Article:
What Won’t Rand Paul Fund? Bomb-Sniffing Elephants, Few Other Things

The clash between Rand Paul and Marco Rubio over defense spending stood out as one of the key moments in last night’s Republican presidential debate. Paul lambasted Rubio for wanting to increase military spending, arguing it would damage America’s security in the long run by running up our national debt. But what would Paul like to not see in the defense budget? Well, bomb-sniffing elephants for one, he told Iowa reporters this evening.

Paul held an event in Des Moines this evening with his new group of Iowa Veterans For Rand Paul. A little under 100 people attended the gathering at this headquarters, and the few reporters not at Jeb Bush’s event asked Paul questions afterward, focusing in on his military spending talking points.

“We spend more on our national defense, more on our military than the next ten countries combined, so the question is, ‘are we stronger if we borrow our way – are we going to be able to project power from bankruptcy court?'” Rand said when asked about his debate response on defense funding. “I think we have to hold the line in spending across the board. That doesn’t mean we won’t spend money on defense, we still spend a considerable amount of money on defense.”

So what exactly is the difference between him and Rubio? What defense funding does Rubio support that Paul does not?

“It’s hard to give you all the details of what [Rubio’s] proposed, but Benjamin Friedman wrote this up from Cato Institute in the last couple days, and he went through a recent policy speech by Rubio and he added it all up and he said it would be about a trillion dollars,” Rand replied.

But what specific defense projects would Paul oppose funding?

“Bomb-sniffing elephants,” Paul joked, then added a handful of real ones. “$43 million for a natural gas gas station in Afghanistan, $800,000 for a televised cricket league in Afghanistan, $250,000 to bring 24 kids from Pakistan to a space camp in Alabama. You name it. Tom Coburn was the king of finding waste. He says there’s $100 billion worth of waste in a $600 billion project. So there’s a lot of room for waste, but that’s the tip of the iceberg.”

That seemed like an odd and somewhat lacking response.

Paul chose the topic of defense spending to go to the mat with Rubio, an interesting target he hasn’t sparred much with in the past. He argued Rubio would add a trillion dollars, citing Friedman’s analysis, and Paul cast himself as the true conservative who wouldn’t add to the national debt by vastly expanding an already-strong military.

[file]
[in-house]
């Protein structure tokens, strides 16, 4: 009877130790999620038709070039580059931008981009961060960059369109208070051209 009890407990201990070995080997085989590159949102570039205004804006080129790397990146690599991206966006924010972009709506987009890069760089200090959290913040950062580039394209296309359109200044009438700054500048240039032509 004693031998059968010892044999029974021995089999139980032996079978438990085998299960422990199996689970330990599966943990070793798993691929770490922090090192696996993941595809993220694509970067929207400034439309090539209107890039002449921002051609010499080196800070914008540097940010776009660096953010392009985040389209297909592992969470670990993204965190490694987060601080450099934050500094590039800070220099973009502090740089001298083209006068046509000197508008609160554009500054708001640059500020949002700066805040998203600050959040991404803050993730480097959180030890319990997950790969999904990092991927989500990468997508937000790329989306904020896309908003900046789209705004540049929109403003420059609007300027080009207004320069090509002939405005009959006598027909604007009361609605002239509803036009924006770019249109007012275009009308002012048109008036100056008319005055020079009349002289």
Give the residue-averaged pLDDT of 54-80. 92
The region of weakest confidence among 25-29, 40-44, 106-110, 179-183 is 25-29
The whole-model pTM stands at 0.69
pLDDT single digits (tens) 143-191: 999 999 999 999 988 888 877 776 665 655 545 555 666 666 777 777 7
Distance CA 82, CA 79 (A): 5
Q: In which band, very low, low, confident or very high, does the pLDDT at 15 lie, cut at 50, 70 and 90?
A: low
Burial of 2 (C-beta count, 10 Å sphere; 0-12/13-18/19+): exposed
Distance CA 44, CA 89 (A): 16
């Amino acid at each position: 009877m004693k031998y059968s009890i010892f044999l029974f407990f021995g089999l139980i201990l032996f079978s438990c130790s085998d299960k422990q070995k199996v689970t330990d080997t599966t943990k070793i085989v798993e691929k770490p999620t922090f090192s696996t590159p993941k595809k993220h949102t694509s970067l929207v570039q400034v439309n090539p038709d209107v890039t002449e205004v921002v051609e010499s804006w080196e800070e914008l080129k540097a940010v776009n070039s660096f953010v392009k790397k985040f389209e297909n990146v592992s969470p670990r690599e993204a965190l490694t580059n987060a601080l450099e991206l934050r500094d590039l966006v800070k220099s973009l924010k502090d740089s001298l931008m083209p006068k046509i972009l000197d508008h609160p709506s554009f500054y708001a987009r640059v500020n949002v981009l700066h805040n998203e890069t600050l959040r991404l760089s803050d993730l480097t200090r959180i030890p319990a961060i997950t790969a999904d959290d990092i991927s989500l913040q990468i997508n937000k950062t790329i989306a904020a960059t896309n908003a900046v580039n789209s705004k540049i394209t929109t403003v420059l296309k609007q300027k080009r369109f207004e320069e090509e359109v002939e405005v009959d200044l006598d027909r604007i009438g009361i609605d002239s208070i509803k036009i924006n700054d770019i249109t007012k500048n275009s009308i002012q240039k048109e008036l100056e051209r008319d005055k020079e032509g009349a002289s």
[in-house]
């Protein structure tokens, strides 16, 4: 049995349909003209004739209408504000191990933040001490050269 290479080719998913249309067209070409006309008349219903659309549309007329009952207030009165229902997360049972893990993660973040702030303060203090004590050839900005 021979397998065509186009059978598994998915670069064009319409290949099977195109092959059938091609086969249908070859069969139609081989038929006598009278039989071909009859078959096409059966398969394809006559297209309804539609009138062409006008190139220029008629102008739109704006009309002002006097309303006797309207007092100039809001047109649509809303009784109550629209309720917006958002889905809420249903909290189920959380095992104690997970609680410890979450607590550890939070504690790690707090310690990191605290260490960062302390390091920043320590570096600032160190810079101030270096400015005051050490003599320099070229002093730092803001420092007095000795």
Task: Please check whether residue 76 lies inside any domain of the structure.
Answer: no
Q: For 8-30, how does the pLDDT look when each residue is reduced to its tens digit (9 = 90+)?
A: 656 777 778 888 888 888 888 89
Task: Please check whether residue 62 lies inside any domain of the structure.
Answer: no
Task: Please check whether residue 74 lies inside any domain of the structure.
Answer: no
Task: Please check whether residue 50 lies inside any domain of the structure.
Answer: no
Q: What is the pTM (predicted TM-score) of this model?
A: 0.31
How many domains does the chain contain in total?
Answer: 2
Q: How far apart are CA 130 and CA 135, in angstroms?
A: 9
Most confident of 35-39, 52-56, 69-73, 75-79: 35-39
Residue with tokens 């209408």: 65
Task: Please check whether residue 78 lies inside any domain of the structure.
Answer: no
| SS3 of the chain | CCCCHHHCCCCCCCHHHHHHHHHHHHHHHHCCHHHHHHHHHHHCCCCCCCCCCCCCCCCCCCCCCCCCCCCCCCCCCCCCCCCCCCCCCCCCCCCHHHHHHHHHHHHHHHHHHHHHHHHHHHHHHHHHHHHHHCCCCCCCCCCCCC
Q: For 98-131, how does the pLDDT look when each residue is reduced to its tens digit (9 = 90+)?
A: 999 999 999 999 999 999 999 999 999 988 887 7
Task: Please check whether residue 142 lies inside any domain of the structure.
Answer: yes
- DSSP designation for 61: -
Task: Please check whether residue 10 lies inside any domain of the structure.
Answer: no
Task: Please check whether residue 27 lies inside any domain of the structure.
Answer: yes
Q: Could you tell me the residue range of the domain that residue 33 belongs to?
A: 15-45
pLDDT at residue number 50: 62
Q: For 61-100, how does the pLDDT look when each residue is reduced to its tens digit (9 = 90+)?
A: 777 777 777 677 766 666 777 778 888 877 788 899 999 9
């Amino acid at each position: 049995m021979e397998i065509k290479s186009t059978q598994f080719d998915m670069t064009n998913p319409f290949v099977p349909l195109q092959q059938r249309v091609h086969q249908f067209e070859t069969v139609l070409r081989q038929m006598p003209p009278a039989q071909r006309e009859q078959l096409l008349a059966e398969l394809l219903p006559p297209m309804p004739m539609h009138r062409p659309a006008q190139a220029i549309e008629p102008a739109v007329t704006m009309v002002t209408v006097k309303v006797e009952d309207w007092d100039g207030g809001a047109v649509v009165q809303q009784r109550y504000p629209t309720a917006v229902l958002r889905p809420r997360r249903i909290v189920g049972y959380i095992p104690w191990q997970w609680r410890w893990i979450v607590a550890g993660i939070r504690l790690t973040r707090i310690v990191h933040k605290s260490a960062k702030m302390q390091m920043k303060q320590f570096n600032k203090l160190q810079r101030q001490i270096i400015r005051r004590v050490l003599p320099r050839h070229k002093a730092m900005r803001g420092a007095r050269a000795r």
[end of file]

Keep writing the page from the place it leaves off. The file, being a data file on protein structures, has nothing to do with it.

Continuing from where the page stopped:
What Friedman pointed to was Rubio’s desire to return defense spending to pre-sequestration levels. Friedman believes that will cost $1 trillion over ten years, and wouldn’t even cover the specific extra projects Rubio has mentioned he supports. Among those are fully funding the Ohio-class ballistic submarine (about $10 billion for five years), an extra Virginia-class attack submarine a year, fund a missile defense program and modernize the military in a general sense.

But Paul didn’t list any of those specific programs that Rubio supports as ones he’s opposed to. And what of other questionable defense projects? How about the F-35 program, which was three years behind schedule and $200 billion over budget? What about a mention of former Defense Secretary Robert Gates’ efforts to trim old programs and military leadership positions? No criticism of defense contractors who take advantage of the bloated military bureaucracy or members of Congress defending home district boondoggles?

If Paul wants to make limited defense spending a key issue, shouldn’t he have something more in mind to cut than a joke, a relatively small mistake and some various waste? The examples he offered add up to a mere $44,050,000. The defense budget comes in right around $600 billion in 2015.

If that’s all he’s really opposed to, then why is he holding himself up as this shining beacon of fiscal restraint, when he can only easily name a handful of things everyone would be opposed to? Sticking to current sequestration funding levels, even with an effort to eliminate waste, isn’t some bold libertarian battle plan to reign in the excess of government. Nor is it fighting the “Washington Machine.” Considering this was Paul’s signature moment last night, you’d think he’d have thought it out more. And perhaps it’s an issue more reporters should delve into before the next debate.


by Pat Rynard
Posted 11/11/15

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